"The Tornado House was specifically designed to withstand the tornadoes and flooding of the American Midwest. Part of the house is raised from top to bottom by a series of hydraulic arms. When a storm approaches, sensors activate the hydraulic system and lower the house into the ground; the roof is sealed with waterproof doors. Daylight and cross-ventilation have been added, something that was missing in typical underground houses. The house is intended to save lives and avoid the extremely costly costs and reconstruction efforts required after storms". explains Ted Givens.
All too often, natural disasters are considered accidental and are not anticipated. IO seeks to design architecture that is sensitive to its natural context, including the "probability" of disaster. This project was conceived as a means of redesigning a landscape and resulted in a new suburban concept for the tornado zones of the American Mid-West. A design influenced by the kinetic ideas of garage doors or sailboat hulls.
The aim of the project is to change the way people look at natural disasters, and to design whole cities around the concept of disaster resilience. The IO agency would like to obtain a prototype construction in the central-west to start testing the concept. The project also includes ways to advance the development and use of advanced building systems and materials such as Kevlar building skins and photocatalytic nano-coatings on facades to speed up their introduction to the market. The practice aims to test similar ideas around the world on the basis of natural conditions where people also organize thinking in the face of natural disasters.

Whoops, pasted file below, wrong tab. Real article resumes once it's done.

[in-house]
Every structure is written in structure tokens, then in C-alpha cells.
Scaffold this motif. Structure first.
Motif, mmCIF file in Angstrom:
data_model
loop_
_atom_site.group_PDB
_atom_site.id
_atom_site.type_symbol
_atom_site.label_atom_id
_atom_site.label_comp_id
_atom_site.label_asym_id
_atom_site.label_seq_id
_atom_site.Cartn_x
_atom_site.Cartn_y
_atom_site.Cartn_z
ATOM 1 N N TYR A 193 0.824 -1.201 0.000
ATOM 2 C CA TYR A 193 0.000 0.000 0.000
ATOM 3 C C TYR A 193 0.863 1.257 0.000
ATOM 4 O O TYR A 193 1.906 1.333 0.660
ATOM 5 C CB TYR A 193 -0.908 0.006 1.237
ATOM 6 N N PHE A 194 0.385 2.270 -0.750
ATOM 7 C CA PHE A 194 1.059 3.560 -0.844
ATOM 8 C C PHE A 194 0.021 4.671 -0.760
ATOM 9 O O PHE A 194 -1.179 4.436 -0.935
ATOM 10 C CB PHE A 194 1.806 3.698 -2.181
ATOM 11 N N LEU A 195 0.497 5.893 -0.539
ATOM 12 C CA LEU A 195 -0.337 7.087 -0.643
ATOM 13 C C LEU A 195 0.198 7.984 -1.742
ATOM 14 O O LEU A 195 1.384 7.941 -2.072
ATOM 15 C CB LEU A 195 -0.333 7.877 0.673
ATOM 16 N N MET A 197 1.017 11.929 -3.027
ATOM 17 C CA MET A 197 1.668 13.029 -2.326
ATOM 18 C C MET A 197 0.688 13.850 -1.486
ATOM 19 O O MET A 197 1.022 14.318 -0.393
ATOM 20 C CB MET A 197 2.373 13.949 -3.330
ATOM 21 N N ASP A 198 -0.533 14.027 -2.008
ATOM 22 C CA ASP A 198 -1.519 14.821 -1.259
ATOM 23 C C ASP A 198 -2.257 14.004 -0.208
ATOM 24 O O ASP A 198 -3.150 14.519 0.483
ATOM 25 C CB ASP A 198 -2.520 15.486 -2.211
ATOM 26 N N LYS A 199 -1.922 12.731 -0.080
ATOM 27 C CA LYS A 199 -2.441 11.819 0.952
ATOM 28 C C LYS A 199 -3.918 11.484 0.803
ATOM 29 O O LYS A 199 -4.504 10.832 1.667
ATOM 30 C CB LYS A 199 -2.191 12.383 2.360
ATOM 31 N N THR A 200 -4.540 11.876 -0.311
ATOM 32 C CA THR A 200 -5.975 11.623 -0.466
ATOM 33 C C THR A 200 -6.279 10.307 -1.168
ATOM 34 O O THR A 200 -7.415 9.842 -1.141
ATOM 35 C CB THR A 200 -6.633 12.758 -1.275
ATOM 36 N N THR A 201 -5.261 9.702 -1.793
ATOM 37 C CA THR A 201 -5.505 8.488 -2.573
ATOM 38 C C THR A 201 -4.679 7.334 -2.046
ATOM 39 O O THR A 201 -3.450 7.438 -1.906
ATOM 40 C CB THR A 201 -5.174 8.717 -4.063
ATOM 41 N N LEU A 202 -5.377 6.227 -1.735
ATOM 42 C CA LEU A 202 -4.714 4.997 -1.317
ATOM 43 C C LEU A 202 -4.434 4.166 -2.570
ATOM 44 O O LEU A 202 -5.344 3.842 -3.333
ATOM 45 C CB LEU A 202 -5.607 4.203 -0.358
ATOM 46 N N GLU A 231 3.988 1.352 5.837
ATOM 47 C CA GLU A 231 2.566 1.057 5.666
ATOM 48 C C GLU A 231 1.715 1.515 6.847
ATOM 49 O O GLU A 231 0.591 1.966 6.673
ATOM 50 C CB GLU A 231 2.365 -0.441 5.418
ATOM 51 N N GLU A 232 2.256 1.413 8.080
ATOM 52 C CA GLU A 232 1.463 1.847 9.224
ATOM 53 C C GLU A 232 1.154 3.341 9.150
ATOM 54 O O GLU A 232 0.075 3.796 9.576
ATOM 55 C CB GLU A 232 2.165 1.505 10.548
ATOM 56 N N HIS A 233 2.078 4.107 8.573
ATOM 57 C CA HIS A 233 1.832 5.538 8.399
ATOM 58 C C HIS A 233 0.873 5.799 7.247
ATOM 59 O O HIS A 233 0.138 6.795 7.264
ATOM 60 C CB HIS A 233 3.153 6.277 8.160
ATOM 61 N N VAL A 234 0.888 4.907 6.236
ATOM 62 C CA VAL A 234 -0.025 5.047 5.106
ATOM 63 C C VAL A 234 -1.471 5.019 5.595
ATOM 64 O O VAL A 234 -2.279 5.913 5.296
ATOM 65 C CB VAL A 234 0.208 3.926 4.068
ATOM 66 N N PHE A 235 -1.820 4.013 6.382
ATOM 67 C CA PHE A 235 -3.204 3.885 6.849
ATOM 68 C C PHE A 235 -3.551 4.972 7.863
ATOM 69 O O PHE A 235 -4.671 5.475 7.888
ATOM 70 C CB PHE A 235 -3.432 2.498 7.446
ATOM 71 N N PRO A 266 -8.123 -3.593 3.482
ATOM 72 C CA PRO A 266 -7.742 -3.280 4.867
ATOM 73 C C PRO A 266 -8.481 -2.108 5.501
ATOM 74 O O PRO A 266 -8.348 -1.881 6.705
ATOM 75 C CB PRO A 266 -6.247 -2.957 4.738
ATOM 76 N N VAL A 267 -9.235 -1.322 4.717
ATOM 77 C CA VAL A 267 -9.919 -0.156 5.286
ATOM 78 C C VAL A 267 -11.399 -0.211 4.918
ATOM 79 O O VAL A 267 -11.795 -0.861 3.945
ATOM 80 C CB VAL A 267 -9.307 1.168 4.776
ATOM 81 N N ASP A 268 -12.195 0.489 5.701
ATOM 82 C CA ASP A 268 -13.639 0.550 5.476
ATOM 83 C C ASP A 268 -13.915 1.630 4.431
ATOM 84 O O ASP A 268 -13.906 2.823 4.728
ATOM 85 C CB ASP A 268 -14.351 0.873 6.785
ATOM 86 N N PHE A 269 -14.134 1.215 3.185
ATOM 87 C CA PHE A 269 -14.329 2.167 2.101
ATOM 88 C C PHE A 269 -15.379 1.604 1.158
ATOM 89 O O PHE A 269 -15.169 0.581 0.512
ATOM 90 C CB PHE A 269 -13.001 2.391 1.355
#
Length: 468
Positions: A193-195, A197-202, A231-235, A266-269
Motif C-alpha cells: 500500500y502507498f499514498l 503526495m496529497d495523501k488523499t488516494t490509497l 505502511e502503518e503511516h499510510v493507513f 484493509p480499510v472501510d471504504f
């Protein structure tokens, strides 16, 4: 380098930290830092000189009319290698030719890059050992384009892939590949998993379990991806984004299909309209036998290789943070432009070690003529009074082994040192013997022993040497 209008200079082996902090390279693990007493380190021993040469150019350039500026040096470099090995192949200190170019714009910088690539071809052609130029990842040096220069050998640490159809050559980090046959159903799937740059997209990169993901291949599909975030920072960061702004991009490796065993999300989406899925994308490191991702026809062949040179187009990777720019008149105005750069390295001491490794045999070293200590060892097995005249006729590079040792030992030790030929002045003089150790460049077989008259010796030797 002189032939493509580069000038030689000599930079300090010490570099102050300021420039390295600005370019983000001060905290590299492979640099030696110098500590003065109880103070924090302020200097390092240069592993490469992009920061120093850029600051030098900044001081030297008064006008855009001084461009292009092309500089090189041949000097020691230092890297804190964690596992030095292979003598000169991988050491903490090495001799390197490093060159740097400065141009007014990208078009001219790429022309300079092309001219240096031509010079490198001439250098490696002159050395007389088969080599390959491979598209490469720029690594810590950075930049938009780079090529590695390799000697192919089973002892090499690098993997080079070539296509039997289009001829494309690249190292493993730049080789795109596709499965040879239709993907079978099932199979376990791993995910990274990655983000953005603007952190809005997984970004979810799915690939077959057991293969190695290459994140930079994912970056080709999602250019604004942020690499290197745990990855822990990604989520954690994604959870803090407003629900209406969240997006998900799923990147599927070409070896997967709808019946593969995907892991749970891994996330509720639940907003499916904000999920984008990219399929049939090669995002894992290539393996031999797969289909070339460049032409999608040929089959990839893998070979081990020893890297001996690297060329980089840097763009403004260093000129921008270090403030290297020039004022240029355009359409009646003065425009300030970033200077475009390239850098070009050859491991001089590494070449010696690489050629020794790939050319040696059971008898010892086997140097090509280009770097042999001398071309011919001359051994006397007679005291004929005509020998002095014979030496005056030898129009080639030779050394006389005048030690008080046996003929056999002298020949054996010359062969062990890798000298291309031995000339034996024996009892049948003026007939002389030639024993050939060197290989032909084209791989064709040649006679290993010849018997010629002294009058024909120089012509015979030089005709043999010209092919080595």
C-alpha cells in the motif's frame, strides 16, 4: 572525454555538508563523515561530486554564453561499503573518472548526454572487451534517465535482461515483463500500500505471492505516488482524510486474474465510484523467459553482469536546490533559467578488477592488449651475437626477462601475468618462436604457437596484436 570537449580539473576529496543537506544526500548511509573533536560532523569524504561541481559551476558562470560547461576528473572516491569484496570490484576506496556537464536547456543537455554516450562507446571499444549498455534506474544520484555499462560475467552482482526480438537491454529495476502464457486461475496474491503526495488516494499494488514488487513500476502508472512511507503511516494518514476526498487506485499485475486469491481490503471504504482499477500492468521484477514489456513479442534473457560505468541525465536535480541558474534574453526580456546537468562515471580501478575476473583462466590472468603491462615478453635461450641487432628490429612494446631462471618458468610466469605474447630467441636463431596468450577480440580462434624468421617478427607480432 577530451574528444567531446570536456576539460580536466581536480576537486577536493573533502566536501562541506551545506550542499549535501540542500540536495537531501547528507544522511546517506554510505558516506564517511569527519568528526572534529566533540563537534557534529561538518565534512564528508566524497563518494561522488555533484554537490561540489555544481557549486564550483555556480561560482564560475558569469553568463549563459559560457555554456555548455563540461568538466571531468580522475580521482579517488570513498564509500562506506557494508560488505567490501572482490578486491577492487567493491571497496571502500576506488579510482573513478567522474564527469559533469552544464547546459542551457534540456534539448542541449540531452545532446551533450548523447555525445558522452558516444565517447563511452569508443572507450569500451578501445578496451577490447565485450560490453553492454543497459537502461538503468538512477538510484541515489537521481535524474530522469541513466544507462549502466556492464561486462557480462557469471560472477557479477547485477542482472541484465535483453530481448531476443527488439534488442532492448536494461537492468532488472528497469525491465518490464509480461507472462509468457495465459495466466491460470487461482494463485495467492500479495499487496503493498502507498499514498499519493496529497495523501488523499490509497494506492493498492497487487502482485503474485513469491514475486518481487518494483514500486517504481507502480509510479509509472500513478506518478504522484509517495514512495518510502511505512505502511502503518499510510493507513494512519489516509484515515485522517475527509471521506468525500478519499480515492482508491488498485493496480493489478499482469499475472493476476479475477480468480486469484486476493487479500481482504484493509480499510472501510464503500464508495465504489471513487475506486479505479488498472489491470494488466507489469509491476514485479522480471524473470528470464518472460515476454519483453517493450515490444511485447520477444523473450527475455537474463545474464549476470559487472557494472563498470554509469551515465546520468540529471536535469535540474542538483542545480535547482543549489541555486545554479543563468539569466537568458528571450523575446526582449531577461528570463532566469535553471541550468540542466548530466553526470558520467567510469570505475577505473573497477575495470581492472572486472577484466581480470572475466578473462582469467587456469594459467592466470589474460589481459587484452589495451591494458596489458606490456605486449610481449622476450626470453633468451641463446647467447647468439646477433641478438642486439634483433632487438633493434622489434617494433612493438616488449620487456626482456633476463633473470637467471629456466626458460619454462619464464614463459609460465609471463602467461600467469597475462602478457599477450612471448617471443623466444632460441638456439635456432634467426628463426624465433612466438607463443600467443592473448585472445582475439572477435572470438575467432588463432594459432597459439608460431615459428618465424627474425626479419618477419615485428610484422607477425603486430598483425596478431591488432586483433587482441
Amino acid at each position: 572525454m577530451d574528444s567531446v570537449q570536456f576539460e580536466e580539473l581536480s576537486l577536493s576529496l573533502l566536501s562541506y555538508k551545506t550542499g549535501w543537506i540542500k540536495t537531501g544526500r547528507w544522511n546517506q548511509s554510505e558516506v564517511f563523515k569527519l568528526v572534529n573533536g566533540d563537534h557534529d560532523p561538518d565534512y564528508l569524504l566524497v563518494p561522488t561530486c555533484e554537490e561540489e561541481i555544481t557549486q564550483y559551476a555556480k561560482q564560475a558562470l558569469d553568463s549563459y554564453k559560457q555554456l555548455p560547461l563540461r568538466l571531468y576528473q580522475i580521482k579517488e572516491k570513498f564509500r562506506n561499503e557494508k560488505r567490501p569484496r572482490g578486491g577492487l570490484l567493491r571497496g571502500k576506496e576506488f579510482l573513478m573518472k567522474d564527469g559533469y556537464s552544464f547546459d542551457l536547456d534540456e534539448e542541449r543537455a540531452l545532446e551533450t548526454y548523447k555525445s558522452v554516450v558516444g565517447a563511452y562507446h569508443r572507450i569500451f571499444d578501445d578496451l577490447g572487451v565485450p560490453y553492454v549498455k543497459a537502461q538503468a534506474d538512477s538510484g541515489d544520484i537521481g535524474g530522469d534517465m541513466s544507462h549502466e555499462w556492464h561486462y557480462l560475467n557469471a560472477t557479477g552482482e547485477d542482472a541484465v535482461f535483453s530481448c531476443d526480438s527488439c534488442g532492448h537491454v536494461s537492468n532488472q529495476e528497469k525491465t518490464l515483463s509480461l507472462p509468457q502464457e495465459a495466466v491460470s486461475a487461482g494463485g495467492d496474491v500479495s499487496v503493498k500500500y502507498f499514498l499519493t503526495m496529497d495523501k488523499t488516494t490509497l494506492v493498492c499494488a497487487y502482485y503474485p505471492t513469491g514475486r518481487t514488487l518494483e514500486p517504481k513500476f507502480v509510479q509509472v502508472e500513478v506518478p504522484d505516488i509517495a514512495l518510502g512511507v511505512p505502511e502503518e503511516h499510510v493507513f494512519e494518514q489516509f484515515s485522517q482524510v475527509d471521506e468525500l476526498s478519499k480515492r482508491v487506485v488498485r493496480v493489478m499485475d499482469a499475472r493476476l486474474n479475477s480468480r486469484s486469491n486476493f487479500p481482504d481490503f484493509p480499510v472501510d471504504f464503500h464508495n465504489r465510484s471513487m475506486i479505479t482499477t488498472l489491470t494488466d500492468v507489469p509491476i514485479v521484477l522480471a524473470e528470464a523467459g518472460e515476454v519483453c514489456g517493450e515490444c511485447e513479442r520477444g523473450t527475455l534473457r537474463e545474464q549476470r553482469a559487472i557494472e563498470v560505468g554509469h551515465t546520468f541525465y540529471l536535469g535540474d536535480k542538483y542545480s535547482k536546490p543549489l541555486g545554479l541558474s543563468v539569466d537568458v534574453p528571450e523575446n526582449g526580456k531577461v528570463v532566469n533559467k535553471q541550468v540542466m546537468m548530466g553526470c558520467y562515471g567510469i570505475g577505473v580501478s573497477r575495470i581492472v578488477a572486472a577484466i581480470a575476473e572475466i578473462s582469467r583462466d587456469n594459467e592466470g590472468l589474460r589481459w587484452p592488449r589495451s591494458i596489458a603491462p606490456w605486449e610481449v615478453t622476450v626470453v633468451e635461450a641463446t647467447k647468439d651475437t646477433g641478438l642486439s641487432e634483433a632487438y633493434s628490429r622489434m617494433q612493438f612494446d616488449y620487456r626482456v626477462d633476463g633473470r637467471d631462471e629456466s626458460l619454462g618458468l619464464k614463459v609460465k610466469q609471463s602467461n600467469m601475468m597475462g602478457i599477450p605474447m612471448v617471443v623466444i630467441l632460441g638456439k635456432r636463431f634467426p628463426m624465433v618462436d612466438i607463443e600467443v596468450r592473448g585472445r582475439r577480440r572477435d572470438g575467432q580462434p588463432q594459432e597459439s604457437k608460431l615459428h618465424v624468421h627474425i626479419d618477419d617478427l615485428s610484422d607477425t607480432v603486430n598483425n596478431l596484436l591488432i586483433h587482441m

The concept of OI, if applied, could have a significant impact on the design of the built environment. Hopefully, this will lead to many more creative ideas for responding to natural phenomena.
The IO Project could immediately benefit low-income residents in the American Midwest with the primary objective of replacing a tornado-proof trailer park. The practice could expand to suburban neighbourhoods and then to small towns, while refining the design throughout the process. This concept would benefit the U.S. government and the general public ultimately by reducing the cost of insurance and the funds needed for post-disaster reconstruction. This applies to all countries, including China, in Africa and South America. IO is working closely with engineers and manufacturers for the realization of this project.
Givens explains: "The project is based on a combination of simple, existing ideas: all you have to do is put them together from another perspective. A marriage between architecture, boat design and mechanics. This is one of the main reasons for the partnerships that IO is setting up with universities to inspire designers to think about innovative developments".
IO's Tornado House initiative deals with a problem that people cannot anticipate, namely, dealing with natural disasters as "probabilities" and reacting to them before they happen rather than just reacting to the consequences. The project removes the idea of a potentially dangerous and even harmful house and helps to recreate a certain balance between safety and the necessities of daily life. The IO project can save lives and avoid the costs of rebuilding lives and communities after storms.
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(Source and images: 10 Design)